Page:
Source: Review Copy (4th Estate)
This is the fourth in Sansom’s County Guides series and I was really excited when I heard it was being released this month. It is a series I have loved and the third book in the series, Westmorland Alone (2016), was especially exciting in that it revealed a darker side to Stephen Sefton, one of the series’ protagonists and assistant to Swanton Morley, the People’s Professor and non-fiction writing machine. This is still a series which could be classed as comic crime, but the previous book revealed an unexpected depth to the main characters, especially Sefton and Miriam – Morley’s daughter.
Essex Poison (2017) is in set in 1937 and begins in London, where dubious actions on Sefton’s part in the last book come back to haunt him. In a nutshell he is required to obtain £100 in two weeks to repay a debt to Delany, an unpleasant figure from London’s underworld. Alongside this problem, Sefton is thrown back into the bizarre and wonderful world of Morley who is now off with Miriam to write his next county guides book on Essex unsurprisingly. In particular Morley has been invited to the annual Oyster Festival in Colchester. Yet shortly after the Mayor partakes of the oysters he rushes out of the hall, only to collapse dead soon afterwards. Pandemonium ensues and this is my first read which has included mass hysteria induced vomiting, with guests panicking that the oysters must be bad. Morley is one of the few people unruffled though, calm in the knowledge that all the oysters have to be purified before being served. As Morley and his companions continue their research into the county, causing havoc along the way, Morley becomes more and more intrigued in the Mayor’s death. But with little time to investigate has he bitten off more than he can chew?
As with book three in the series, Sefton is shown to be struggling mentally and emotionally, with present problems only adding to haunted memories of the past, such as when he writes that:
‘I’d learned in Spain that dread and despair are constant companions to adventure and during my time with Morley, for all its good, it often felt as though I were somehow being buried alive in yet more bad memories and that there was no escape.’
Due to his troubled nature he makes for an interesting narrator. You may initially think he is your usual amateur sleuth sidekick, but this is a role he doesn’t entirely fit comfortably into. The setting the book opens with, a seedy picture of London, also may at first glance seem like an odd choice, in the way it juxtaposes with the more innocent world of Morley. But I think it works well in the book and it is amusing when the two worlds collide. For instance when Sefton is talking with Delany and events are turning decidedly nasty his own thoughts such as ‘Beware big men in fancy suits offering simple solution,’ run alongside memories of lines from Morley’s books, which although relatively on topic are inappropriate for the current situation. In this case the accompanying Morley quote is from Horace, advising to ‘stay away from the bull, he has hay on his horns.’ Yet I think it is Sefton’s time in the world of Morley which although eccentric and bizarre, probably saves from total self-destruction, which is not a wholly unlikely event given his reliance on stimulants to escape from “life.” As with Westmorland Alone, this book continues the sense of uneasiness which is beginning to pervade the world of the books. The ending of the case in this book creates tension within the trio and we see how all of them are struggling and coping in different ways. Morley pushes himself into his work, yet Sefton at the close of Essex Poison has a different perspective on Morley’s zeal: ‘The County Guides, I came to realise many years later, was not a quest: it was an illness.’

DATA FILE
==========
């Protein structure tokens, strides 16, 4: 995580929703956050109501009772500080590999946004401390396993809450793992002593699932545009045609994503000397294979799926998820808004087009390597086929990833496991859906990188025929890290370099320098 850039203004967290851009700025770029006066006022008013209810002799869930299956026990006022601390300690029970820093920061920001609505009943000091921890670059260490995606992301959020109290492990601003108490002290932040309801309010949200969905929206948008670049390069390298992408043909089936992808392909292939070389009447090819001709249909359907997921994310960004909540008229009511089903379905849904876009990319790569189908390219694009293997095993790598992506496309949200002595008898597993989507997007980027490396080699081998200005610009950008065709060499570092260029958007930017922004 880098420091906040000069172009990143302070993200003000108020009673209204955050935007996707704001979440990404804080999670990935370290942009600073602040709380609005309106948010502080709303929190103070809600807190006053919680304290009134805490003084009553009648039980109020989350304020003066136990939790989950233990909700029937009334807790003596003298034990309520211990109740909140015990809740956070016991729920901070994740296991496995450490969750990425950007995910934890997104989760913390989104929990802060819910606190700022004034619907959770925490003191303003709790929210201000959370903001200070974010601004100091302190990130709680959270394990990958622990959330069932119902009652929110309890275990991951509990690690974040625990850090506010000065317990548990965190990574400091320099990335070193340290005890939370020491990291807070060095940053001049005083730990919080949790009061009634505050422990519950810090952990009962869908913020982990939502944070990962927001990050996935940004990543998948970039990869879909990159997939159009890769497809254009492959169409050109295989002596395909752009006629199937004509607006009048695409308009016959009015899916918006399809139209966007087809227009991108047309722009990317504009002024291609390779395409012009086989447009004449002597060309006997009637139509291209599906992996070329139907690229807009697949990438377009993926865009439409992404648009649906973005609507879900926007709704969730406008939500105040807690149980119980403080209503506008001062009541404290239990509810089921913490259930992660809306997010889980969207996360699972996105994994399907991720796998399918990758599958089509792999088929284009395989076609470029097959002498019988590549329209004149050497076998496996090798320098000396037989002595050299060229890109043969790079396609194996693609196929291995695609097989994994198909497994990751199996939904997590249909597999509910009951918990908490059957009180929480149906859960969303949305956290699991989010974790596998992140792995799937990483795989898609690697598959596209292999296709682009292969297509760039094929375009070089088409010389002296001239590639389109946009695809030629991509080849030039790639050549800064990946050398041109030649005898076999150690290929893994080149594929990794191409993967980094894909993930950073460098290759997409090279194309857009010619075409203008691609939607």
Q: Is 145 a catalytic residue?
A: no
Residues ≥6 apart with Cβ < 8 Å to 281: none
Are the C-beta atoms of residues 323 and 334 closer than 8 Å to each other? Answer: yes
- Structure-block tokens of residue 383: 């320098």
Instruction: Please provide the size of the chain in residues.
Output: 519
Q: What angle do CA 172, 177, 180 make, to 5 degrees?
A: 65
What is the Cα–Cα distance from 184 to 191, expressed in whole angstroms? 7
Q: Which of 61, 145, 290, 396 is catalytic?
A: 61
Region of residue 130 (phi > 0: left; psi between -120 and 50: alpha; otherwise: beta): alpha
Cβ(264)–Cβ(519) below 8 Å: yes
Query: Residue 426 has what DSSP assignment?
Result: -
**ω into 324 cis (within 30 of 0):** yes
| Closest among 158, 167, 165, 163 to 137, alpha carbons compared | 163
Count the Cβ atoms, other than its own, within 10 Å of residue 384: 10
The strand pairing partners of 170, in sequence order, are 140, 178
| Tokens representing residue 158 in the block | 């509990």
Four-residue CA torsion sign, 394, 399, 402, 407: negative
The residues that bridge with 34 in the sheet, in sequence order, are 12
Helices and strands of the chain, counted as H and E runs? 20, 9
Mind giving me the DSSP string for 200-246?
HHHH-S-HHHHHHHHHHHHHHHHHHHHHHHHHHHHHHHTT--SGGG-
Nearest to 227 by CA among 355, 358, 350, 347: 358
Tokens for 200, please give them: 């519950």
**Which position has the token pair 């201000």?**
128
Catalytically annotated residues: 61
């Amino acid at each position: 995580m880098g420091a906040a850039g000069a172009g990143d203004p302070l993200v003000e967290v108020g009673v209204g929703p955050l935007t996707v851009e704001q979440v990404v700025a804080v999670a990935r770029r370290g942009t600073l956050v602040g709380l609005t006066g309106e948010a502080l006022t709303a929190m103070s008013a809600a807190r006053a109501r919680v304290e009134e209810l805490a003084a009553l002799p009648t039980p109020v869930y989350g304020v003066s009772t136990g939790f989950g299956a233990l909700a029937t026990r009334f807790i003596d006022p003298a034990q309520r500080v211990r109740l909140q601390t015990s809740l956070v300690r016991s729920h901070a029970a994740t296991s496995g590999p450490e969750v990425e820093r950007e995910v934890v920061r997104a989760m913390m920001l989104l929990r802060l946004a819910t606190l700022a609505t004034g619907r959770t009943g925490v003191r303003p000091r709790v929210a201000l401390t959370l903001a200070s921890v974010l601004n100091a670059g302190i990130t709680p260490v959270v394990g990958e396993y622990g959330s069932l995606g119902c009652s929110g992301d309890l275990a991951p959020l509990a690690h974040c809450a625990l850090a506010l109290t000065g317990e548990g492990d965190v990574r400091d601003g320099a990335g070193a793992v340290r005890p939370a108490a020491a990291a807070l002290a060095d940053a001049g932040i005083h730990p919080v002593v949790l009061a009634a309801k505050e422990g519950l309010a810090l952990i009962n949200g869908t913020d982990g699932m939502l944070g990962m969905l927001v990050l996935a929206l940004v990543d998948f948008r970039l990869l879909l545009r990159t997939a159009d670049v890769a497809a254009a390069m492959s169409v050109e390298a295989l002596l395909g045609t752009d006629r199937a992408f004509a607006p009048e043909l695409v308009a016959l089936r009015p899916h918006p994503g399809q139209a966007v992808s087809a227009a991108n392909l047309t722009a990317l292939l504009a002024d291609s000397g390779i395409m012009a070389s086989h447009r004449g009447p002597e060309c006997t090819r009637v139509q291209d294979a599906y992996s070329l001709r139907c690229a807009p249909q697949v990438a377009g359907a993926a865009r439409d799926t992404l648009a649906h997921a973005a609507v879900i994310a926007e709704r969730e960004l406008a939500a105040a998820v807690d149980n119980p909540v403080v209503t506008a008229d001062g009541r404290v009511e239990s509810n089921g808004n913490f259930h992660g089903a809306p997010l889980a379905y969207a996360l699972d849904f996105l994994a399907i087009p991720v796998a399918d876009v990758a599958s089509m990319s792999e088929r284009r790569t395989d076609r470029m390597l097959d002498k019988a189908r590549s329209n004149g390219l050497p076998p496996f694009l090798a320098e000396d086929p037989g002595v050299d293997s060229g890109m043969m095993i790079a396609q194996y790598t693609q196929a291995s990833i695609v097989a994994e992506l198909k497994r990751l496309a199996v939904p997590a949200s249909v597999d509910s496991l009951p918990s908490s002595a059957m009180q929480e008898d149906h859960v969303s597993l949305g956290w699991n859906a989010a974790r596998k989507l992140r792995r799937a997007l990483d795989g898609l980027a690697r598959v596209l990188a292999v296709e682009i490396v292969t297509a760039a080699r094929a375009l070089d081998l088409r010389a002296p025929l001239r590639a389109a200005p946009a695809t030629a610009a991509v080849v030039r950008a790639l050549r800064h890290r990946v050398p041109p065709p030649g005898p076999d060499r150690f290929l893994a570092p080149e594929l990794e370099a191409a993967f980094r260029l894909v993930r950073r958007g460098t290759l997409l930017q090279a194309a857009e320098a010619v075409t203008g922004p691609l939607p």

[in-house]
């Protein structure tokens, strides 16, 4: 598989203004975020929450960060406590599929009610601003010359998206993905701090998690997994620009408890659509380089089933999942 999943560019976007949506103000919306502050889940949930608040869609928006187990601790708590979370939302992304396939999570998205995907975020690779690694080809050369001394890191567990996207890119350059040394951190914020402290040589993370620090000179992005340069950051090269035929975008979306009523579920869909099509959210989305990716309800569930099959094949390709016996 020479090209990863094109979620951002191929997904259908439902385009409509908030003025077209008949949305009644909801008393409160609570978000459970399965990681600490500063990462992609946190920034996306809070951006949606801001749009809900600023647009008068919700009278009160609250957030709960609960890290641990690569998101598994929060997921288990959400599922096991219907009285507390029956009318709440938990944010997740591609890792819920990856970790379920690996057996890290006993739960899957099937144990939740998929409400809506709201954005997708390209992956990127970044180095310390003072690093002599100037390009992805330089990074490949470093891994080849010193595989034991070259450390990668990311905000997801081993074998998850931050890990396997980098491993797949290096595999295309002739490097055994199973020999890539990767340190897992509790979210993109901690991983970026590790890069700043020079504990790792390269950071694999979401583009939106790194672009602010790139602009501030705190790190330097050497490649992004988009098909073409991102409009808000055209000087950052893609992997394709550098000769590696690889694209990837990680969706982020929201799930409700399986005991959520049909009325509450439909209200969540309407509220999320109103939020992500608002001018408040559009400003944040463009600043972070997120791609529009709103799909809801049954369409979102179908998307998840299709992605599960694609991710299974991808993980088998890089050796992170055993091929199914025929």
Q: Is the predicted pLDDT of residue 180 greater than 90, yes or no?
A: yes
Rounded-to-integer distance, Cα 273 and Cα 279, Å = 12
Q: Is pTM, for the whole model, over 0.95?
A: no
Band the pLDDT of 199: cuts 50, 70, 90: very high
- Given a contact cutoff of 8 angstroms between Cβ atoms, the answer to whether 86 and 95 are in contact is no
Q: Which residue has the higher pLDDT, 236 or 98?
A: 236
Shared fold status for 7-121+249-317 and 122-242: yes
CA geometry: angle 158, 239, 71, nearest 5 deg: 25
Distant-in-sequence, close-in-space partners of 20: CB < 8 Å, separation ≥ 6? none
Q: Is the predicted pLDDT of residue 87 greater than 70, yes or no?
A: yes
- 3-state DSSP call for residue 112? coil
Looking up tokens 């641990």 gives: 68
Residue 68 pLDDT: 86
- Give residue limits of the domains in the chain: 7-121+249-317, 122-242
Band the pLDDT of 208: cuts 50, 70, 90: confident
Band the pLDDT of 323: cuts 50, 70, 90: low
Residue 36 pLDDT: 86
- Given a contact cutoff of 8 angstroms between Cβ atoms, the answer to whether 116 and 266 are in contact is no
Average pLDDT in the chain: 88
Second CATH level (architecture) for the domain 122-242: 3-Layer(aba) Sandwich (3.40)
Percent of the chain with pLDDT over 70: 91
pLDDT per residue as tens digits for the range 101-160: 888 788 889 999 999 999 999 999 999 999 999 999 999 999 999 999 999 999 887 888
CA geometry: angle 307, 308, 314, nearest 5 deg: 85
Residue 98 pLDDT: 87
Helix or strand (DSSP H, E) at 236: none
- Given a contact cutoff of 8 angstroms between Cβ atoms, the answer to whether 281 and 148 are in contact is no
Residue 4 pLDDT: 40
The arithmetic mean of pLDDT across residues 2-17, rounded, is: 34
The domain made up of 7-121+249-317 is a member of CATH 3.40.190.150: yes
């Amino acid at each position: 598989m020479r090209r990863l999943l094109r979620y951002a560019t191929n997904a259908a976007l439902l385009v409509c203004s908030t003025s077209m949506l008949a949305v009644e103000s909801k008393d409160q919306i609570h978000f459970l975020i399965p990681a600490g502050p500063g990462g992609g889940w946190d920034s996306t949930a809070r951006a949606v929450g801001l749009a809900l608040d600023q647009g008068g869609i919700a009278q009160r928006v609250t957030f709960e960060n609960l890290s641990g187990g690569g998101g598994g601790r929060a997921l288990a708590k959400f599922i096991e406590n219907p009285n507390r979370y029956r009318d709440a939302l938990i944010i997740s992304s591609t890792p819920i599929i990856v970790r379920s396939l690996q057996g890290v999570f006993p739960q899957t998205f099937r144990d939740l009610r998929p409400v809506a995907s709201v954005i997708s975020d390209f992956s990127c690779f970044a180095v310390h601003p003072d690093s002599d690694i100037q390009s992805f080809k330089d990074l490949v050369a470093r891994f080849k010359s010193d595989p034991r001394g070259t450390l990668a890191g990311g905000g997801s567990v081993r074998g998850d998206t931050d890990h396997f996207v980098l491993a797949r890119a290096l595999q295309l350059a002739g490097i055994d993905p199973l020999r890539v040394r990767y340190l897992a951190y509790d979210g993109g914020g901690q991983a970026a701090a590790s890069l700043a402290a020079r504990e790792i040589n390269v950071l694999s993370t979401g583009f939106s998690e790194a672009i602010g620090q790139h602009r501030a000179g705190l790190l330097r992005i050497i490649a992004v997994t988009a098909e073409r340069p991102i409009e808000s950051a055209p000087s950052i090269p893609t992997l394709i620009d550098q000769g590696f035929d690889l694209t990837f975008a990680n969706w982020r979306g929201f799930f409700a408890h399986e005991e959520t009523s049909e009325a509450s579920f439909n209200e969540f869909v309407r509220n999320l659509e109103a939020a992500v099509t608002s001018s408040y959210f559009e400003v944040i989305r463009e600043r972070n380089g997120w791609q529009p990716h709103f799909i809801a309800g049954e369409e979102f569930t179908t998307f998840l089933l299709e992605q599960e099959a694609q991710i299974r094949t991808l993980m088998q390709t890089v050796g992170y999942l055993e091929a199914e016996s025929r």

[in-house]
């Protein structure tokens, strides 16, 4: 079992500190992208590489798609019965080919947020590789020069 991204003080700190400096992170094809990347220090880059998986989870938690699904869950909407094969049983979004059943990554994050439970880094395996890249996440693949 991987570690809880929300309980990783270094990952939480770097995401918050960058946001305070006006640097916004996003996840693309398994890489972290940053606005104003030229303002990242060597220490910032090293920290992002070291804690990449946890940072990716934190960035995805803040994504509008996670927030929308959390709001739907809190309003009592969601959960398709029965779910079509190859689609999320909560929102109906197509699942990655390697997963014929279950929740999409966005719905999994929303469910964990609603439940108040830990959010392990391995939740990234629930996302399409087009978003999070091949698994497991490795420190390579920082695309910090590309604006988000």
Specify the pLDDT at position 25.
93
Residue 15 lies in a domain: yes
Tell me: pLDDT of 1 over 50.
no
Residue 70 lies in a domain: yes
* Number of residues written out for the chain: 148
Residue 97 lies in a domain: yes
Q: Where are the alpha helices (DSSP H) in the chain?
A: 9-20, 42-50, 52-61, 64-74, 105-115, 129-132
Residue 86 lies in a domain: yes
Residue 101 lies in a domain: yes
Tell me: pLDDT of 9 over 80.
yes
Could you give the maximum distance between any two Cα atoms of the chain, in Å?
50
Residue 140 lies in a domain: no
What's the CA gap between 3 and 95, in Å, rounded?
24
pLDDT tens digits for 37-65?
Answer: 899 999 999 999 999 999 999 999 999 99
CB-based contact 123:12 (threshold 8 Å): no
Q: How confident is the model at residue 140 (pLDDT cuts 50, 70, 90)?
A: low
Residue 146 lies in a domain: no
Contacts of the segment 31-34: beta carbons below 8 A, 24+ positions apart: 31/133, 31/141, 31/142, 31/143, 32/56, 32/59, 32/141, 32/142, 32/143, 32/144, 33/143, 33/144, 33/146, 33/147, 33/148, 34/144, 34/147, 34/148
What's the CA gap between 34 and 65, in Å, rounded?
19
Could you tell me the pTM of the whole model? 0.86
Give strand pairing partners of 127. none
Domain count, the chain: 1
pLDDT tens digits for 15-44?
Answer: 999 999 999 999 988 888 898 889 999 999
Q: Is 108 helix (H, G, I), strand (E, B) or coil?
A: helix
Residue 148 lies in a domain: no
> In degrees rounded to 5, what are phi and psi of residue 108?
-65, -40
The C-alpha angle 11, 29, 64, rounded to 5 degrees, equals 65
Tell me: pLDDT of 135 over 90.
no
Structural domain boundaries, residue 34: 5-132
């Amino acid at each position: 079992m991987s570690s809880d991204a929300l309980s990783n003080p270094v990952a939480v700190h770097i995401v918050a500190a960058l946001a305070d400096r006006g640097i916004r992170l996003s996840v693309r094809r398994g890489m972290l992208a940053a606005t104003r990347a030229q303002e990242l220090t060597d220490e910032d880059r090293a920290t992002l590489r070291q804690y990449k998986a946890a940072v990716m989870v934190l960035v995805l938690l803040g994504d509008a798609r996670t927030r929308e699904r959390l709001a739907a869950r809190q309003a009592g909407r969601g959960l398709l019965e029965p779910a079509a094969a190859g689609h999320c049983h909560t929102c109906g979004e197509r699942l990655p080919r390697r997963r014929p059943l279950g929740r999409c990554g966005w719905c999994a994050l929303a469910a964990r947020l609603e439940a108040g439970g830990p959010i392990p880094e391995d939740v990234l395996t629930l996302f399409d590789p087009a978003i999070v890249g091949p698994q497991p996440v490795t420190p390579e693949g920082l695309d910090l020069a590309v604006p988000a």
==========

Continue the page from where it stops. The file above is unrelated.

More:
Something which I noticed in this read which I haven’t noticed as much in the previous books is the way the story naturally captures the disparity of wealth between people at the time and it does this in way which isn’t forced or overdone. Sansom could have so easily made Morley into an aristocratic type of sleuth who spends most of his time with those in the upper classes, but instead his books are by and large populated by ordinary people. As always with this series I loved the writing style which flowed well and kept me engaged and the central trio are great characters you want to keep on reading about. Although socially awkward and a bit demanding, it is hard to not like Morley, though I can imagine he would be a pain to actually live with.
There were some things though which I didn’t quite like about the book. Firstly there is a section in the book where the rather cheap humour relies on Morley’s innocence/naivety too much and the double entendre feel overdone and it felt like it was humour at Morley’s expense. As the first three books in the series show this sort of humour is not needed to make the adventures entertaining reads. Secondly I think Morley’s entrance into the investigation, although very natural and unforced, is left too late and in my opinion it should have started earlier. On the whole more narrative space should have been given to Morley’s enquiries, as what is there feels a bit small. Additionally there are a couple of narrative threads which instead of being interwoven throughout the story either break off mid story or are hurriedly tidied up at the end, which has not really been the case in the other books. So although this was an entertaining read and I was intrigued to find out what happened next I would recommend readers begin with the earlier books in the series first.
The next book in the series is going to be called The Sussex Murders, though I’m not sure when it is coming out.